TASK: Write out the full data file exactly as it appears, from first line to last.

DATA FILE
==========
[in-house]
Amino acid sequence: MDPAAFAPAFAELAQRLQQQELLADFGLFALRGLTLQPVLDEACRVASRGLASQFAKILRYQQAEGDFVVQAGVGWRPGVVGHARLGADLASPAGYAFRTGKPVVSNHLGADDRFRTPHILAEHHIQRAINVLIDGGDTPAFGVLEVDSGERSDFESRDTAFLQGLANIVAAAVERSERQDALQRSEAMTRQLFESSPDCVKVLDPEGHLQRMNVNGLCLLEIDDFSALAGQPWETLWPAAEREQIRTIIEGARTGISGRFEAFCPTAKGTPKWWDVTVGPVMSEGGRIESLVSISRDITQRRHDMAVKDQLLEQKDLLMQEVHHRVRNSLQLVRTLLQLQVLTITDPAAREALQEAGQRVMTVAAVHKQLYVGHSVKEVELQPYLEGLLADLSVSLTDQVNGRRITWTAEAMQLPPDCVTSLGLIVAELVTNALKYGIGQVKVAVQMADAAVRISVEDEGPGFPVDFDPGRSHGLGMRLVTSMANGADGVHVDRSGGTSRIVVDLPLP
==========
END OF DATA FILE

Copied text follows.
[in-house]
Amino acid sequence: MDPAAFAPAFAELAQRLQQQELLADFGLFALRGLTLQPVLDEACRVASRGLASQFAKILRYQQAEGDFVVQAGVGWRPGVVGHARLGADLASPAGYAFRTGKPVVSNHLGADDRFRTPHILAEHHIQRAINVLIDGGDTPAFGVLEVDSGERSDFESRDTAFLQGLANIVAAAVERSERQDALQRSEAMTRQLFESSPDCVKVLDPEGHLQRMNVNGLCLLEIDDFSALAGQPWETLWPAAEREQIRTIIEGARTGISGRFEAFCPTAKGTPKWWDVTVGPVMSEGGRIESLVSISRDITQRRHDMAVKDQLLEQKDLLMQEVHHRVRNSLQLVRTLLQLQVLTITDPAAREALQEAGQRVMTVAAVHKQLYVGHSVKEVELQPYLEGLLADLSVSLTDQVNGRRITWTAEAMQLPPDCVTSLGLIVAELVTNALKYGIGQVKVAVQMADAAVRISVEDEGPGFPVDFDPGRSHGLGMRLVTSMANGADGVHVDRSGGTSRIVVDLPLP